If Kentucky Republicans are sweating their party's U.S. Senate primary, they didn't show it Saturday night in Bowling Green.
At the 2014 Lincoln-Reagan Day Dinner, southern Kentucky Republicans rallied behind U.S. Senate Minority Leader Mitch McConnell, who is facing a primary challenge by Tea Party activist Matt Bevin.
Second District Congressman Brett Guthrie told WKU Public Radio he believes the GOP will be able to unite before the November general election. The Warren County Republican said it’s not the first time a well-known incumbent has faced a primary.
“Hopefully what you can do is that people can come back together," Guthrie said. "And that’s what you hope will happen—people will air out their views. You know, primaries can be tricky, there’s absolutely no doubt about it, because somebody’s going to win, and somebody’s not going to win.”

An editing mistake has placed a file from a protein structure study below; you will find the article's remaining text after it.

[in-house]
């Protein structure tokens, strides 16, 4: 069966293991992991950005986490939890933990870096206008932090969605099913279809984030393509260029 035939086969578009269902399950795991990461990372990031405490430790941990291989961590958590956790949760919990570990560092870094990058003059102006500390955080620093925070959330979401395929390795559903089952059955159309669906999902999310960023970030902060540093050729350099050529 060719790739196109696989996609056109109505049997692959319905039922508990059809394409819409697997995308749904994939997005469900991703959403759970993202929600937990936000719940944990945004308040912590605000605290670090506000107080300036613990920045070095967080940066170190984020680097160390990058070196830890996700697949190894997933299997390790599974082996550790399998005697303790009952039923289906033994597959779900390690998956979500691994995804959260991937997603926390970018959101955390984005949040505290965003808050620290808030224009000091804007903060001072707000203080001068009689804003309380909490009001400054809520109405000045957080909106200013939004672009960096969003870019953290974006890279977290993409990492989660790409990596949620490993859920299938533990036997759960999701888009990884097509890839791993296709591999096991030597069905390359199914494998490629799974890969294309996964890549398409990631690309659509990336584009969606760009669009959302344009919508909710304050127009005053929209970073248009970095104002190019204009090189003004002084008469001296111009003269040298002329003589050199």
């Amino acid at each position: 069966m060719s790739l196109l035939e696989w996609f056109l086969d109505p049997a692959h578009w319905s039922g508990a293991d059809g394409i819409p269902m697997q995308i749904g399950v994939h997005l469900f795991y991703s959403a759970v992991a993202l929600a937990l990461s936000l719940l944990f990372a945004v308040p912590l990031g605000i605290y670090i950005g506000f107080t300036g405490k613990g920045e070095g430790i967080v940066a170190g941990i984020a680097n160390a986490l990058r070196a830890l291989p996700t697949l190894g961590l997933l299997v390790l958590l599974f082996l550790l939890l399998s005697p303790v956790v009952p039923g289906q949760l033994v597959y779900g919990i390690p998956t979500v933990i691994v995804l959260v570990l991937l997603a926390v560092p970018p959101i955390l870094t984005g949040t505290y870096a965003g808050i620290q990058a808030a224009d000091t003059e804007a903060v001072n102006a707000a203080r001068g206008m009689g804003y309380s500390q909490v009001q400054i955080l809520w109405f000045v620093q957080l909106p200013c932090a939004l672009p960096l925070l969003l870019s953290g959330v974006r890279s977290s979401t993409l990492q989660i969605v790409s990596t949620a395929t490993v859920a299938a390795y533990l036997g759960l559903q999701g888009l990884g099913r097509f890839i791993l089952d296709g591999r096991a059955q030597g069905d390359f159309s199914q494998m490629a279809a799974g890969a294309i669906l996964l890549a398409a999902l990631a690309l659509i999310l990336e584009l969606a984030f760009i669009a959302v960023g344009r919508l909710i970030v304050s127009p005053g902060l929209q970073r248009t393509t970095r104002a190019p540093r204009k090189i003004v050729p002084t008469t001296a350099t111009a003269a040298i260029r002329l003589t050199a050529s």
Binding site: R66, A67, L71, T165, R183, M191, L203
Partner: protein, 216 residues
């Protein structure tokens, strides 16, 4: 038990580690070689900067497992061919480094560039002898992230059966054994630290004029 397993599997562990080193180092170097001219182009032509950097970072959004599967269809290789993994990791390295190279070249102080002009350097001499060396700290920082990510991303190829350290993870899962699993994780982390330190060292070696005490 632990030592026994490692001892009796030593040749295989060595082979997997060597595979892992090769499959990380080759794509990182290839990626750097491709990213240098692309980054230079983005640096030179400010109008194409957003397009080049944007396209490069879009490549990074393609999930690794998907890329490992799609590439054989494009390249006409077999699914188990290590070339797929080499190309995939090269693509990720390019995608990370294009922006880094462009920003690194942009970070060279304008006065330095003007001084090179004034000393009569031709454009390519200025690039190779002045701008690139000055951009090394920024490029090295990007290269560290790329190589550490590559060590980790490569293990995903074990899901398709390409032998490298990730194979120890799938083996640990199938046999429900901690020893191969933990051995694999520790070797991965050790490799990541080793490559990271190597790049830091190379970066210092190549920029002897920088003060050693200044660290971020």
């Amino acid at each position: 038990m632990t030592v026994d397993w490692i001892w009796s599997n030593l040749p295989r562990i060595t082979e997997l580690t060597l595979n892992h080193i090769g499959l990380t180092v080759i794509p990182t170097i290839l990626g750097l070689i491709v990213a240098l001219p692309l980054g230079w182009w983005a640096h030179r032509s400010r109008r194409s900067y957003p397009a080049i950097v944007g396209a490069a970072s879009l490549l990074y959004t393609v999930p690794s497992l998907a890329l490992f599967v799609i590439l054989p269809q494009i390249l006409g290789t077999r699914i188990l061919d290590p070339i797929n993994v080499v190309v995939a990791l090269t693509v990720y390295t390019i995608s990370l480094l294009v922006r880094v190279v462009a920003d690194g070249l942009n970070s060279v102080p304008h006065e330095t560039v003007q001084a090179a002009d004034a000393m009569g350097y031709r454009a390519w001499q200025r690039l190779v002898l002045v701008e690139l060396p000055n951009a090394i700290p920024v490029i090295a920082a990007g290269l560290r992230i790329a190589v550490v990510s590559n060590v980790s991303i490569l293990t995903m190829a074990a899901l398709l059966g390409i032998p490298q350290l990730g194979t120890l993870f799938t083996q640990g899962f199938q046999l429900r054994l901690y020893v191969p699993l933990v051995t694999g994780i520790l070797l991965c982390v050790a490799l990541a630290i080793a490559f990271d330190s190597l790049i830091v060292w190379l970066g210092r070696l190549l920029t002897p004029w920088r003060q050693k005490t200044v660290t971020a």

Senator McConnell took the stage Saturday night and told the audience that he believes he’ll return to Washington next year as Senate Majority Leader. Republicans need to pick up six Senate seats to control the chamber.
A federal judge has given Kentucky until March 20 to implement his order granting legal recognition to same-sex couples married in other states.
U.S. District Judge John G. Heyburn II issued the order on Friday. As of March 20, the state must begin providing name changes, adoption forms listing both members of a same-sex couple as parents and other benefits of legal marriage.
On Thursday, Heyburn issued a final order overturning a voter-imposed ban on the recognition of same-sex unions in other states.
Jefferson County clerk's spokesman Nore Ghibaudy said that as of Friday, state officials had not been notified of the change in the law.
House Speaker Greg Stumbo says that an idea by a Republican lawmaker to allow third-parties to appeal a federal ruling striking down Kentucky’s ban on same-sex marriage wouldn’t require a change in state law.